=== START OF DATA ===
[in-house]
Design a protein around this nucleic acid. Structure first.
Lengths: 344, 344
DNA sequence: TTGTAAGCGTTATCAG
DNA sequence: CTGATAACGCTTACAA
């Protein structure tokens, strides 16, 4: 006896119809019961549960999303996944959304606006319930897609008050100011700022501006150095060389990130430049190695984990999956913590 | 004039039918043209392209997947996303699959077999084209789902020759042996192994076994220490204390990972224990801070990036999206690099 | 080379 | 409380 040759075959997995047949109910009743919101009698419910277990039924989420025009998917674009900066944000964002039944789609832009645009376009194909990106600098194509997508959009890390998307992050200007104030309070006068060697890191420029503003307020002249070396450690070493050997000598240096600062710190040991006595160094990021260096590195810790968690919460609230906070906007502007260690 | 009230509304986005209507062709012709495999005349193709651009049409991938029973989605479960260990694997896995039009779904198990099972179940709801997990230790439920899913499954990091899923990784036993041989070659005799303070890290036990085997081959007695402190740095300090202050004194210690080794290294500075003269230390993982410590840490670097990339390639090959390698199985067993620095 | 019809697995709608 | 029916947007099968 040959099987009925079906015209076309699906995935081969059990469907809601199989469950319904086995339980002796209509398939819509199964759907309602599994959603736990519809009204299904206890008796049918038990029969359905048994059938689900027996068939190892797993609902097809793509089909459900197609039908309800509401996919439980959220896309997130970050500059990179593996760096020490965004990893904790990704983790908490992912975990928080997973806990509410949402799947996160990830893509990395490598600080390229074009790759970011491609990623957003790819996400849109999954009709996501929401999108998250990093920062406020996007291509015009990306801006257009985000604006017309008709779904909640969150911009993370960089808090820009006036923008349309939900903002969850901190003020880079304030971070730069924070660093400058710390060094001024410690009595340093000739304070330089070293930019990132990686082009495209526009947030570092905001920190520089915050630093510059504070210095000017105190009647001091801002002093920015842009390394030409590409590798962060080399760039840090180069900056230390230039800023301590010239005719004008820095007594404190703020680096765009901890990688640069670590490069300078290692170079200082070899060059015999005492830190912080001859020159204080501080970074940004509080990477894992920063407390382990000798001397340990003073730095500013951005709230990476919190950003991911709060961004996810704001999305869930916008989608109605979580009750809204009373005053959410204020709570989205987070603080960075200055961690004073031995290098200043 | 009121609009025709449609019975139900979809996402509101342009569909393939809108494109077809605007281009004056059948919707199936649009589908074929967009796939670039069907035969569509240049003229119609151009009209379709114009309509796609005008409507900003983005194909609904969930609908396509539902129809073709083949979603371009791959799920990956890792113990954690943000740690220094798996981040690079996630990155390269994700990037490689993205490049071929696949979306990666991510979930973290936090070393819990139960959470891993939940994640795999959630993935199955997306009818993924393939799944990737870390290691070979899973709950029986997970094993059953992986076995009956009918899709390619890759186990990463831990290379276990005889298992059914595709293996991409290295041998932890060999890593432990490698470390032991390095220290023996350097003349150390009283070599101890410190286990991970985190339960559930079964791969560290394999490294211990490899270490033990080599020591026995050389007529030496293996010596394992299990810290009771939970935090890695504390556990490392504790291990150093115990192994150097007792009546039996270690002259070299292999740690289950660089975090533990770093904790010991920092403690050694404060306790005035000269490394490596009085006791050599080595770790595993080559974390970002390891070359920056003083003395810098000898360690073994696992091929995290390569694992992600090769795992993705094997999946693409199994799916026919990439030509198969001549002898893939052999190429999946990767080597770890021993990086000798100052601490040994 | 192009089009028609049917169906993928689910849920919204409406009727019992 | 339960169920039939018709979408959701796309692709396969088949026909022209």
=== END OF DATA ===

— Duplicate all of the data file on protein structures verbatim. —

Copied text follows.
[in-house]
Design a protein around this nucleic acid. Structure first.
Lengths: 344, 344
DNA sequence: TTGTAAGCGTTATCAG
DNA sequence: CTGATAACGCTTACAA
């Protein structure tokens, strides 16, 4: 006896119809019961549960999303996944959304606006319930897609008050100011700022501006150095060389990130430049190695984990999956913590 | 004039039918043209392209997947996303699959077999084209789902020759042996192994076994220490204390990972224990801070990036999206690099 | 080379 | 409380 040759075959997995047949109910009743919101009698419910277990039924989420025009998917674009900066944000964002039944789609832009645009376009194909990106600098194509997508959009890390998307992050200007104030309070006068060697890191420029503003307020002249070396450690070493050997000598240096600062710190040991006595160094990021260096590195810790968690919460609230906070906007502007260690 | 009230509304986005209507062709012709495999005349193709651009049409991938029973989605479960260990694997896995039009779904198990099972179940709801997990230790439920899913499954990091899923990784036993041989070659005799303070890290036990085997081959007695402190740095300090202050004194210690080794290294500075003269230390993982410590840490670097990339390639090959390698199985067993620095 | 019809697995709608 | 029916947007099968 040959099987009925079906015209076309699906995935081969059990469907809601199989469950319904086995339980002796209509398939819509199964759907309602599994959603736990519809009204299904206890008796049918038990029969359905048994059938689900027996068939190892797993609902097809793509089909459900197609039908309800509401996919439980959220896309997130970050500059990179593996760096020490965004990893904790990704983790908490992912975990928080997973806990509410949402799947996160990830893509990395490598600080390229074009790759970011491609990623957003790819996400849109999954009709996501929401999108998250990093920062406020996007291509015009990306801006257009985000604006017309008709779904909640969150911009993370960089808090820009006036923008349309939900903002969850901190003020880079304030971070730069924070660093400058710390060094001024410690009595340093000739304070330089070293930019990132990686082009495209526009947030570092905001920190520089915050630093510059504070210095000017105190009647001091801002002093920015842009390394030409590409590798962060080399760039840090180069900056230390230039800023301590010239005719004008820095007594404190703020680096765009901890990688640069670590490069300078290692170079200082070899060059015999005492830190912080001859020159204080501080970074940004509080990477894992920063407390382990000798001397340990003073730095500013951005709230990476919190950003991911709060961004996810704001999305869930916008989608109605979580009750809204009373005053959410204020709570989205987070603080960075200055961690004073031995290098200043 | 009121609009025709449609019975139900979809996402509101342009569909393939809108494109077809605007281009004056059948919707199936649009589908074929967009796939670039069907035969569509240049003229119609151009009209379709114009309509796609005008409507900003983005194909609904969930609908396509539902129809073709083949979603371009791959799920990956890792113990954690943000740690220094798996981040690079996630990155390269994700990037490689993205490049071929696949979306990666991510979930973290936090070393819990139960959470891993939940994640795999959630993935199955997306009818993924393939799944990737870390290691070979899973709950029986997970094993059953992986076995009956009918899709390619890759186990990463831990290379276990005889298992059914595709293996991409290295041998932890060999890593432990490698470390032991390095220290023996350097003349150390009283070599101890410190286990991970985190339960559930079964791969560290394999490294211990490899270490033990080599020591026995050389007529030496293996010596394992299990810290009771939970935090890695504390556990490392504790291990150093115990192994150097007792009546039996270690002259070299292999740690289950660089975090533990770093904790010991920092403690050694404060306790005035000269490394490596009085006791050599080595770790595993080559974390970002390891070359920056003083003395810098000898360690073994696992091929995290390569694992992600090769795992993705094997999946693409199994799916026919990439030509198969001549002898893939052999190429999946990767080597770890021993990086000798100052601490040994 | 192009089009028609049917169906993928689910849920919204409406009727019992 | 339960169920039939018709979408959701796309692709396969088949026909022209």